Brickwall „Poland“

+4 votes
171 views
Hello, I‘ve been working on a really hard brickwall for quite a while now and I need someone to help me.

My great-great-grandfather Andreas Assmann (*1866, according to some sources 1869) was born in Volhynia (Josefow or Bubny, there are differing sources) to Friedrich Assmann (unknown birth year and place) and Marianna Neumann. Marianna was born in 1844 in „Poland“.

Andreas‘s first wife Wilhelmine Hese was also born in „Poland“ (unknown birth year), as well as his second wife Mathilde Kaschube (*1876). I only know that Wilhelmine Hese‘s father was called Ludwig.  

I also have a photo of Andreas‘s younger brother Adolf, apparently he was living in Germany in the early 1900s. I thought that maybe their parents weren‘t from Poland but from Germany and that Adolf stayed there when the others moved to Volhynia. But that doesn‘t make sense since Andreas is older and he was born in Volhynia.

I cannot figure out where in Poland they came from. As far as I know, Poland didn‘t even really exist between the late 1700s and 1918, so why did they give „Poland“ as their birth place? I looked through the church book index on genetika genealodzy, but I didn‘t find anything.
WikiTree profile: Andreas Assmann
asked in Genealogy Help by Evelina Staub G2G6 (9.9k points)
edited by Maggie N.

4 Answers

+8 votes
 
Best answer

In 1861 Alexander II of Russia set free the serfs resulting in a labor shortage in Volhynia. This resulted in support of German immigration, many coming from Congress Poland. It bears to remember that until 1867 Congress Poland was ruled in personal union by the Russian Tzar but was not an integral part of Russia. So it was correct to refer to Poland as birth place.

There are quite a few websites for "Wolhyniendeutsche" but most of them are in German.

answered by Helmut Jungschaffer G2G6 Pilot (445k points)
selected by Maggie N.
Thank you for the links, but I already went through these websites and couldn‘t really find anything (my mother tongue is German).

I have a membership at the Society for German Genealogy in Eastern Europe, which is where I have this information from. I also suspected that they meant Congress Poland, which is why I checked the church books on genetika genealodzy - but there was nothing. I checked several spellling variations too. It just seems like something is wrong and I can‘t fit the pieces together.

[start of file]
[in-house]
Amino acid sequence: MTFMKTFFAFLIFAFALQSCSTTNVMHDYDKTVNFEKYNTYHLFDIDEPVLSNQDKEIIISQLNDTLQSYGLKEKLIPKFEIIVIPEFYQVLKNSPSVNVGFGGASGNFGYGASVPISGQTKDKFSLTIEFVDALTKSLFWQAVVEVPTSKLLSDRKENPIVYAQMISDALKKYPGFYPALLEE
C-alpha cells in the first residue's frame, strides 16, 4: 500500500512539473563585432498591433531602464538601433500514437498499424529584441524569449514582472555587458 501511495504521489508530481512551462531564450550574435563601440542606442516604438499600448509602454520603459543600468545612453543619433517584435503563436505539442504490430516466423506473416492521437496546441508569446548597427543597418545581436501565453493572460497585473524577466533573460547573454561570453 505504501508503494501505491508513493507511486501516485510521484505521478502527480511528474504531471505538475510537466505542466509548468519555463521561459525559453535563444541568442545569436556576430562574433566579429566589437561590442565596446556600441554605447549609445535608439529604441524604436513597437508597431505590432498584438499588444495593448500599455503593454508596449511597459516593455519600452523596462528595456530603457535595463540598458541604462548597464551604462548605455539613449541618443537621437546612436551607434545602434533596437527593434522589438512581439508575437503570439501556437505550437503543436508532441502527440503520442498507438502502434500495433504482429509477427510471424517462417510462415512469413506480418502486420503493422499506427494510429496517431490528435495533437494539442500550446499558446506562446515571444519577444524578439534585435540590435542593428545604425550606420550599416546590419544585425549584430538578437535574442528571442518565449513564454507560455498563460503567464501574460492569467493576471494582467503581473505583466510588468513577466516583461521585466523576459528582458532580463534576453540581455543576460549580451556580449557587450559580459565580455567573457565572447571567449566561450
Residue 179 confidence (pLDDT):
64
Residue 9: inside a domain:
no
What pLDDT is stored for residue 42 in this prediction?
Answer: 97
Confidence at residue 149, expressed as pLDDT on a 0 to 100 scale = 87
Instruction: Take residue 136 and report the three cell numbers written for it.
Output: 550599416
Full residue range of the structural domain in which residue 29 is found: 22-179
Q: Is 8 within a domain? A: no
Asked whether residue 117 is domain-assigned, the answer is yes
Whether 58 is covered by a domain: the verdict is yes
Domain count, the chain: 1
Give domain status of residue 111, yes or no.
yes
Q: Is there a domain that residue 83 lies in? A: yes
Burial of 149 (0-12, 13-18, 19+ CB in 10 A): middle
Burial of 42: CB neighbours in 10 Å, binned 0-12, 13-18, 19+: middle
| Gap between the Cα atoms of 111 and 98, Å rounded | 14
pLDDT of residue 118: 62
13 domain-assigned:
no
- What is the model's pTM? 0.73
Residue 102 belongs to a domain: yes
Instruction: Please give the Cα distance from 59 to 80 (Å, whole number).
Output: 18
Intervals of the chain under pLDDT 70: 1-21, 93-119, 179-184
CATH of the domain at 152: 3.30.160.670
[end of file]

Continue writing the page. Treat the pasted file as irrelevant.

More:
+1 vote
Hi, I'm not familiar with that area, but have a look at this map for sources http://www.lostshoebox.com/poland/online-records/

In my case, I was able to look through some archive scans to find ancestor records.  If you have a town and date, and the records are scanned, it can be a matter of going through page by page.
answered by John Doppke G2G1 (1.3k points)
+1 vote

I know you posted this in March, but I wanted to answer question regarding "why did they give, ,Poland" as their birth place? "

Most immigrants wrote the placename, admin.division, country, etc. that they last knew it as, when they left there! Depending on when and where the document was created, there could be 5 or 10 years difference in time! And in the case of Ukraine, that could include multiple changes!

Here's a short interesting article that might help.. 

"Did Your Baba Come from Austria?" by Orysia Tracz 

My grandfather was a twin, and they left Volhynia at different times and ended up separated! I have one twin writing his birthplace as one name and the other twin appearing to be born elsewhere! 

So part of doing family geneology, is to first become familiar with the time period of the area you're going to research. Especially in the time frame your ancestors lived there! (that's becoming familiar with both historical and commonly called place names)